John-Michael Liles is pretty comfortable on ice.

After 836 games in the NHL, that should be a no-brainer.

But when you take away his skates and send him onto the ice in a sled — it’s a different story.

Wednesday Liles, who spent the first seven years of his career with the Colorado Avalanche, along with other first-timers, tried sled hockey at a clinic hosted by the National Hockey League and the Avalanche at Sertich Ice Center as a part of the Stadium Series Legacy Project.

“I can confidently say that if you hear anyone screaming, very high-pitched, that’s most definitely me. I don’t know what I’m doing in a sled,” said Liles, who retired in 2017, participated in the event as a part of the Hockey is for Everyone campaign. Stanley Cup champion Kevin Westgarth, formerly of the L.A. Kings and currently an NHL VP of hockey development, and Colorado sled hockey teams including Warrior Avs, CO Sled Hockey, and the Colorado Springs Tigers were also in attendance.

One player who had no problem zipping down the ice and making sharp turns on her sled was Fountain-Fort Carson graduate Robynne Hill, who has been playing sled hockey since 2011.

“I knew nothing about hockey when I started and when I found sled hockey it changed my life,” Hill said. “I want to be able to change other people's lives and tell them that this sport is out here, and come play. To share that love and to see people try it out and say, 'This is amazing'.”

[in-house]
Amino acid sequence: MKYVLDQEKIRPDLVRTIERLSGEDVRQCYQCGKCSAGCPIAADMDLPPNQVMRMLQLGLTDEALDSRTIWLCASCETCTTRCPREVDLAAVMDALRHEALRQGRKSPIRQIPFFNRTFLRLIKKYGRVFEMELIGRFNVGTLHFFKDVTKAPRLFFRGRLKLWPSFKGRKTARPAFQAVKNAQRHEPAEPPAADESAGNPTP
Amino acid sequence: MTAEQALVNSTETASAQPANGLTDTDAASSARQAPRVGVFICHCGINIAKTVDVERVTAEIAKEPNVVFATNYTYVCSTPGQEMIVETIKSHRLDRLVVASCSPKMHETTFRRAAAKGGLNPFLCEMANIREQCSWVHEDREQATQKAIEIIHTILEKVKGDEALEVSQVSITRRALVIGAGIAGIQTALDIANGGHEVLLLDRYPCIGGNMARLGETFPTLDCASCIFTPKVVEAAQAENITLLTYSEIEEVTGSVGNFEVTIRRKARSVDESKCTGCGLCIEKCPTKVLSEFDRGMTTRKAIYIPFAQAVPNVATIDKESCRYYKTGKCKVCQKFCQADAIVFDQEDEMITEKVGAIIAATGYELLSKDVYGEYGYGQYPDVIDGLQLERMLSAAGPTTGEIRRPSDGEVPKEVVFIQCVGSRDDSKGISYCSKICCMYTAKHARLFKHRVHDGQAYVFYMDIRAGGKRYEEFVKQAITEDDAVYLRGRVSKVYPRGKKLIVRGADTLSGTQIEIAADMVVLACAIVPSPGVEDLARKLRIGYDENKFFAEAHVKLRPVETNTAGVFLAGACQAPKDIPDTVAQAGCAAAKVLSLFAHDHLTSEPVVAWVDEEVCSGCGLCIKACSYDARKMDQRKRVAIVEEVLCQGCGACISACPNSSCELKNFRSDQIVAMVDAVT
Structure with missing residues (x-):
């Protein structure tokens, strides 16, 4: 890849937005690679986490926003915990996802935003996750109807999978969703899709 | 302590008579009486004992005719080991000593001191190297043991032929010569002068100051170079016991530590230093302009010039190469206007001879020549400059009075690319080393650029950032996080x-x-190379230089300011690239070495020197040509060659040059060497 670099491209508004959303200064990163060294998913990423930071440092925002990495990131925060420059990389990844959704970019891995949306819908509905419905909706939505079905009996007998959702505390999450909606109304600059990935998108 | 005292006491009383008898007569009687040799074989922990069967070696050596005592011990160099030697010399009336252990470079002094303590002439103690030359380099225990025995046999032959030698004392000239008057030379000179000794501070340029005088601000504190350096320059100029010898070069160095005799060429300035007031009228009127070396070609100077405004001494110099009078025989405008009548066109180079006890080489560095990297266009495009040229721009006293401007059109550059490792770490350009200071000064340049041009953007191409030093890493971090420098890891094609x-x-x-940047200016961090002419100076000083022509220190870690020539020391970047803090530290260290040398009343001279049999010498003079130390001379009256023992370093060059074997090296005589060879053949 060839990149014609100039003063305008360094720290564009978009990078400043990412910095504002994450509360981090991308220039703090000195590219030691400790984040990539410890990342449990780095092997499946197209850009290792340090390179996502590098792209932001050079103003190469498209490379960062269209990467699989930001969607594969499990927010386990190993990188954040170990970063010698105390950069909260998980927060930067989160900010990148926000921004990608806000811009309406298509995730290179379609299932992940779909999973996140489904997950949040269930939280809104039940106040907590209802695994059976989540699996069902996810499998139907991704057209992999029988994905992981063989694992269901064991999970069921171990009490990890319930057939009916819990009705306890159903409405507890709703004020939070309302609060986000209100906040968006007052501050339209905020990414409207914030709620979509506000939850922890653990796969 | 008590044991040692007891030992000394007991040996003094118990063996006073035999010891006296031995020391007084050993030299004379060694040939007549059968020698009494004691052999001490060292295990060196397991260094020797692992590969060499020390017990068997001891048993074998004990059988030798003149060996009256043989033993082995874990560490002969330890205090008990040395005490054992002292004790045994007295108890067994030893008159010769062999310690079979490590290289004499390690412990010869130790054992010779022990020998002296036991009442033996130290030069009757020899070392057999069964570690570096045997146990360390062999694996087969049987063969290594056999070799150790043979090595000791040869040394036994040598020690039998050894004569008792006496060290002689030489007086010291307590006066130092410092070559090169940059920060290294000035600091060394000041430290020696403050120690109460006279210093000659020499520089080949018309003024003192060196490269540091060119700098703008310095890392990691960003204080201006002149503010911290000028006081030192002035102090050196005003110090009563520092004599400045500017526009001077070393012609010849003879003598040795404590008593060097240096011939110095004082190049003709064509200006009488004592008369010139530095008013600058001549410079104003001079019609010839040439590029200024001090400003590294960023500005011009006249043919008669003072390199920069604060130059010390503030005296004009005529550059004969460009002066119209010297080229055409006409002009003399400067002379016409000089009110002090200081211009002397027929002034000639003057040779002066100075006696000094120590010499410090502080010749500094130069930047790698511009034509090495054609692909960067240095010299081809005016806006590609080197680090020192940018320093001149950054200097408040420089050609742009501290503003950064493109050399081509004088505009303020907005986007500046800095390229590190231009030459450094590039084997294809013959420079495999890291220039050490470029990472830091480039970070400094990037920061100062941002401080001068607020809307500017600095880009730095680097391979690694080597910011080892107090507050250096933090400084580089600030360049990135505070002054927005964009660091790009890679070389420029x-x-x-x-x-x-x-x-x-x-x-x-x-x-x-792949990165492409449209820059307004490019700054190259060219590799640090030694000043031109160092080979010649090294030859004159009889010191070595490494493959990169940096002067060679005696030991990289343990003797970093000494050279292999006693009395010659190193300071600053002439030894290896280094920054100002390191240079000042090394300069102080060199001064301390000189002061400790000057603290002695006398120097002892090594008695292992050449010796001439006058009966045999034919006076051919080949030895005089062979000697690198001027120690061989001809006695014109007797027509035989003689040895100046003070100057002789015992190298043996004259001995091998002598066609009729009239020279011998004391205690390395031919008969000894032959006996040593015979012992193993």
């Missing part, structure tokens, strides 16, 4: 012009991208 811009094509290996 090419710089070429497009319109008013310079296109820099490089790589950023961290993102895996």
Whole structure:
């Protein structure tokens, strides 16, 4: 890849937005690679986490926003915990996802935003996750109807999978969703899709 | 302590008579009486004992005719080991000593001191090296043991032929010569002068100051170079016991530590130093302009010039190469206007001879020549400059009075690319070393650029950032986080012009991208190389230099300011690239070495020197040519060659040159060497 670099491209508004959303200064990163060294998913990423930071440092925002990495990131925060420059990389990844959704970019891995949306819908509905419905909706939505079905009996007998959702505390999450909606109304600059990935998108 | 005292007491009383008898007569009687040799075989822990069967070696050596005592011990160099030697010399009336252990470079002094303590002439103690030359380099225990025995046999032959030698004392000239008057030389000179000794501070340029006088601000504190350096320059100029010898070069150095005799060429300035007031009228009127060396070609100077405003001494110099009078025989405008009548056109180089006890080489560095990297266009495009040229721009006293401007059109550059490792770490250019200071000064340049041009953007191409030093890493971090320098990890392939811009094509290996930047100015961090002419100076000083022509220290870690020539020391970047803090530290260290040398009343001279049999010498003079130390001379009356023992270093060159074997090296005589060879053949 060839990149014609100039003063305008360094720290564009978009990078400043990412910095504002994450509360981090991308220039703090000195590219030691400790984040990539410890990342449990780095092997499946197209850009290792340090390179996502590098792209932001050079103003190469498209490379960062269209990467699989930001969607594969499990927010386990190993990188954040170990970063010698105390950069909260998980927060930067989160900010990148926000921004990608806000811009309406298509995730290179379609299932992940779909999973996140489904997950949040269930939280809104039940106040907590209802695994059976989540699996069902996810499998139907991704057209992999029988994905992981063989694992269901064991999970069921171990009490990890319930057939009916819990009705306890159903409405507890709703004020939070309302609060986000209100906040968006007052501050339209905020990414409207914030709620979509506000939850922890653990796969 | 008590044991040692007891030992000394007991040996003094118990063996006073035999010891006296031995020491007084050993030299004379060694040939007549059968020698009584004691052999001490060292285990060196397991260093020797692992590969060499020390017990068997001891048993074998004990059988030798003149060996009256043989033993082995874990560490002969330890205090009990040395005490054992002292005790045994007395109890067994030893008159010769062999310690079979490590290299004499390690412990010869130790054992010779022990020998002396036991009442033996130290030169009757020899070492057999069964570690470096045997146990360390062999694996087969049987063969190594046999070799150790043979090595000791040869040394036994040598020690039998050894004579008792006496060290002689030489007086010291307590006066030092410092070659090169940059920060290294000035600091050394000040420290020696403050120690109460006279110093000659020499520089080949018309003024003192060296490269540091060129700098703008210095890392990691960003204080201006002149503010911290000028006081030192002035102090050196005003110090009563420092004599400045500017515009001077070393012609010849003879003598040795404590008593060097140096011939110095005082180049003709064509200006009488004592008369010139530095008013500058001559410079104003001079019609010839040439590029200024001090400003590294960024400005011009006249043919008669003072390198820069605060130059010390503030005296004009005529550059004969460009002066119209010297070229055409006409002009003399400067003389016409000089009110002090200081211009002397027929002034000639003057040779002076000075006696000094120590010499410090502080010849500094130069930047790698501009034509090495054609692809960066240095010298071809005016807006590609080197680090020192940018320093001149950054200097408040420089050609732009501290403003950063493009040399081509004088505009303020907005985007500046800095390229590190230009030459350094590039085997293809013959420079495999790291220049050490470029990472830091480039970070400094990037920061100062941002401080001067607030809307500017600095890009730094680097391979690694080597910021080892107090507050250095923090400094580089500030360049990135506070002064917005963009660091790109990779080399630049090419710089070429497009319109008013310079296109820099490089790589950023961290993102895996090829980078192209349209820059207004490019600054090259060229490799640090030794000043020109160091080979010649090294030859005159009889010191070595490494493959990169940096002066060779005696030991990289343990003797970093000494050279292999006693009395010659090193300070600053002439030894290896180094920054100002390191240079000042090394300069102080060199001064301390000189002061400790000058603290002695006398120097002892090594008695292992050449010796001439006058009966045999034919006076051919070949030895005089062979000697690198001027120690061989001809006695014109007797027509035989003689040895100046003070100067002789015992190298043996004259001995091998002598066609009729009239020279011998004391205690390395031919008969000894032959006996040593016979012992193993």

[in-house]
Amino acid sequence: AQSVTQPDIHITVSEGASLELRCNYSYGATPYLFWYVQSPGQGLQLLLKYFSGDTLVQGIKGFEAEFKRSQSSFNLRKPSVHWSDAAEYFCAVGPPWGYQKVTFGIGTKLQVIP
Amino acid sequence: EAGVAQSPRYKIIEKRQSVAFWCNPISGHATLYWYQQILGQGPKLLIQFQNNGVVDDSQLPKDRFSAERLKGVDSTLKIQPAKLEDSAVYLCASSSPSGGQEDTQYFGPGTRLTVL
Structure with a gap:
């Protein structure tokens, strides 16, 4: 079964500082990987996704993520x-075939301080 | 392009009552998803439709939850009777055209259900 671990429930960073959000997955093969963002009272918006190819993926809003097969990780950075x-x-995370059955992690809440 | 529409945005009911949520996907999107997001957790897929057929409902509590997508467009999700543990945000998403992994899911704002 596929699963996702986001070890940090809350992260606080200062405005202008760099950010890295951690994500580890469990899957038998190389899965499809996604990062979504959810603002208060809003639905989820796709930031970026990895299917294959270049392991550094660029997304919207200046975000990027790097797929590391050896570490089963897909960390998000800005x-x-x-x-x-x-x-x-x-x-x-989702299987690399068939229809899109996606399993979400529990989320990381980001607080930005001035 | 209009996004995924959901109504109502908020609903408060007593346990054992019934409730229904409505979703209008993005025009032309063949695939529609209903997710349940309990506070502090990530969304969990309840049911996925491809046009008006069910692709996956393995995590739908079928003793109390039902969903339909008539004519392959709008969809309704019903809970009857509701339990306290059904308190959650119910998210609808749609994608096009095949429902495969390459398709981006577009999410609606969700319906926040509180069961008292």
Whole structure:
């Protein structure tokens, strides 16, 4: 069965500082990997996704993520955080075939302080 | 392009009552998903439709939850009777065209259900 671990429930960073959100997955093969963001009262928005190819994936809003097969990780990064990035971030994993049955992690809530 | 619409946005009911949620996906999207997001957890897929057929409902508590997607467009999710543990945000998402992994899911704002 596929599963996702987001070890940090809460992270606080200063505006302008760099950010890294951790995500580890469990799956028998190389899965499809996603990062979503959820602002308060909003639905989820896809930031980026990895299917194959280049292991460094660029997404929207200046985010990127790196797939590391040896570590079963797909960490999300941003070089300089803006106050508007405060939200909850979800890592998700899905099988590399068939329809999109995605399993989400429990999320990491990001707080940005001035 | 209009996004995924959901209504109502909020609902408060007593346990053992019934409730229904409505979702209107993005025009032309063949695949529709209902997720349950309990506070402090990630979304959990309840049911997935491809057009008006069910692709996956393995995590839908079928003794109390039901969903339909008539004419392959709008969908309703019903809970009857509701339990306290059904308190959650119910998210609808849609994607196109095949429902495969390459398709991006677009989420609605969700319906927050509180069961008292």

Hill played able-bodied sports growing up, including soccer, volleyball, karate and track and field. But a host of disabilities deteriorated her lower body , limiting the use of her legs.

“When I couldn't play those sports it really took a toll on my life,” said Hill, a 2015 F-FC grad. “I also have a severe learning disability so school was very, very difficult for me, and sports was my outlet, so when that got ripped away from me, I was like, 'OK, what am I going to do now?'”

But in 2011, a classmate’s presentation on sled hockey led her to the ice.

“I found out about the sport (from his presentation) and wanted to go try it out,” Hill said. “I was so nervous, but I fell in love with the sport and I haven’t looked back.”

Hill attended the clinic as a representative for the US Women’s National Sled Development Team — though her team, according to Hill, is not developing at all, but is the only established women's sled hockey team in the country.

“We are considered a developmental team because we have not gone to the Paralympics yet. What’s holding us back is other countries,” Hill said.

She added that there are only two other national women’s sled hockey teams in the world — Canada and Norway.

“We have hopes to go to the 2020 Paralympics, but we have to have those other countries. There are 12 other nations developing programs, but they are not at that elite level yet,” Hill said.

Wednesday’s clinic was designed to help grow the sport, while Hill hoped the clinic would help grow the women’s side.

“When I first started there weren’t as many girls as there are now and so to have more girls out here, I try to be a role model for them,” Hill said. “Especially playing a guy’s dominated sport it’s pretty intimidating, but to also be a female out there rocking it, that’s pretty amazing too. To get to such a high level, to have that dream is absolutely amazing.”